Life Video

By Jos Weale

A breast cancer survivor has SLAMMED the love heart emoji awareness campaign as ‘pointless’ – and claims all cancer survivors feel the same.

Single mum Cheryl Kerr, 44, claims gestures such as the recent trend for sharing red heart symbols on Facebook do nothing to raise awareness – instead painting breast cancer as ‘pink and fluffy’.

In a cutting viral video, which has racked up more than 8,000 views, a fired-up Cheryl explains how she and the majority of other breast cancer sufferers and survivors don’t appreciate breast cancer ‘games’.

Life coach Cheryl, from Liverpool, was diagnosed with breast cancer in February 2011 and had her right breast fully removed via a mastectomy the following month but said she is happy to lose friends over her strong views.


The mum-of-one said: “Red hearts on profiles, no makeup selfies, it’s always the same kind of thing. I’m not a big campaigner, but this isn’t raising awareness.

“It gets a little bit hard. Cancer is not pink and fluffy. I get the games and messages in my inbox – I’ve had this a million times before, but it isn’t raising awareness at all.

“I just think, how long has it taken you to sit there and tag over a hundred people? Or to put a heart on your profile?

“I’m not out to cause upset, but this is important. I think ‘in that same time you have spent doing that, you could have checked your breasts’.

“It’s great breast cancer sufferers and survivors have this kind of support, but we would much rather people took the time to check their breasts instead.”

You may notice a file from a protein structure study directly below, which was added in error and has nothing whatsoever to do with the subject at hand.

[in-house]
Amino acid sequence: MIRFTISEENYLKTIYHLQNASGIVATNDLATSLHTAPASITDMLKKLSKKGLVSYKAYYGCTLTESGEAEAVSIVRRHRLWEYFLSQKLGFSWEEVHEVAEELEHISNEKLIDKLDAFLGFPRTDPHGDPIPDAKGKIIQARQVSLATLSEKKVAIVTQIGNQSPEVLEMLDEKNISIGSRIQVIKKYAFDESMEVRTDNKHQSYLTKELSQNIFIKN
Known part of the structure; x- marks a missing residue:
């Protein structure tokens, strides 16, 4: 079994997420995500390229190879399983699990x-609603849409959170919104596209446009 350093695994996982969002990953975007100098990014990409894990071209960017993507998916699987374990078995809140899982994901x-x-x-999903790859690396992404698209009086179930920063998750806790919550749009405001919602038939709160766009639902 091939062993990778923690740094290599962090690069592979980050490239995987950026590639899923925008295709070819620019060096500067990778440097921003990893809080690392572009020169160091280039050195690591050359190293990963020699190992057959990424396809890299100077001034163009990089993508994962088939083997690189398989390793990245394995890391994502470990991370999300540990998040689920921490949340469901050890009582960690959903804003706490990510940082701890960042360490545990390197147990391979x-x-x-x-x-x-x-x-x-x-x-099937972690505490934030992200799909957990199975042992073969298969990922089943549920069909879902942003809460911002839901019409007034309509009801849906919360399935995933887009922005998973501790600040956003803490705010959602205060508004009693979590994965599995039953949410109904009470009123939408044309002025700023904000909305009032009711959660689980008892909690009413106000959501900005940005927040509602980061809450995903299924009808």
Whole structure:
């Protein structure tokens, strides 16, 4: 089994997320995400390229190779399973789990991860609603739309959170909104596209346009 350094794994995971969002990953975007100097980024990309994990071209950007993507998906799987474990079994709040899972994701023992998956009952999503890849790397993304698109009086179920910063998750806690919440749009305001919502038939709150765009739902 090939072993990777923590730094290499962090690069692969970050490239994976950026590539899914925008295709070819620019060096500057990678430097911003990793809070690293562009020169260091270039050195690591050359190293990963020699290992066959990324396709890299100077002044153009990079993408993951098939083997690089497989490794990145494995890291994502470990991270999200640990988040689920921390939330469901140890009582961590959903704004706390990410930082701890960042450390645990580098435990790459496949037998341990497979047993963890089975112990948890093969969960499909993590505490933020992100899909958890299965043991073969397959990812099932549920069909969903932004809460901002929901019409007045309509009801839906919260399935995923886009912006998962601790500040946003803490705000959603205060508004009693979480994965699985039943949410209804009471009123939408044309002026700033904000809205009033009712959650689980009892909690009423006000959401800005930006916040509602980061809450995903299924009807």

In recent weeks Facebook has been taken over by a sea of red love heart emojis shared as part of a campaign for breast cancer awareness.

The heart is generally accompanied by a private message to female friends asking the receiver to ‘check your boobies.’


Other previous viral cancer awareness social media stunts include the #NoMakeupSelfie challenge and a stunt which saw women post statuses sharing where they leave their handbag.

But Cheryl, mum to Rebecca, nine, claims encouraging women to check their breasts would save far more lives than campaigns of this nature.

The 44-year-old finished cancer treatment in April 2016 and is set to undergo a second breast reconstruction operation later this year after an implant she was given several years ago was unsuccessful.

Cheryl claims she is often unfriended or blocked on social media when she speaks out against people tagging and sharing these awareness campaigns.

She said: “We don’t want to seem like we are unappreciative. It’s nice that people are thinking of us, but I don’t appreciate these games.

“If you want to share something I will give you a picture of me showing my mastectomy scars.


“Nine times out of ten I’m nice about it. I have snapped in the past, but it’s because it’s important. We just want you to take the time to check instead – an early diagnosis can save lives.

“I’m more than happy to share information with people on how to check their breasts. People say, ‘I know how to do that’, but they don’t do it.

“The people who are offended by my reaction will tend to just unfriend or block me rather than say anything to me. It’s hurt their feelings. Some people have said that they are sorry, and that they just thought that I would like it.

“I come from a high risk background, and have had lumps before, so I am more used to checking my breasts than some people. But I still wasn’t expecting the diagnosis.

“I found the lump in time, but I still left it for three months before I went to the doctor’s because I didn’t want to take time out of work. It shouldn’t have to get to that stage.”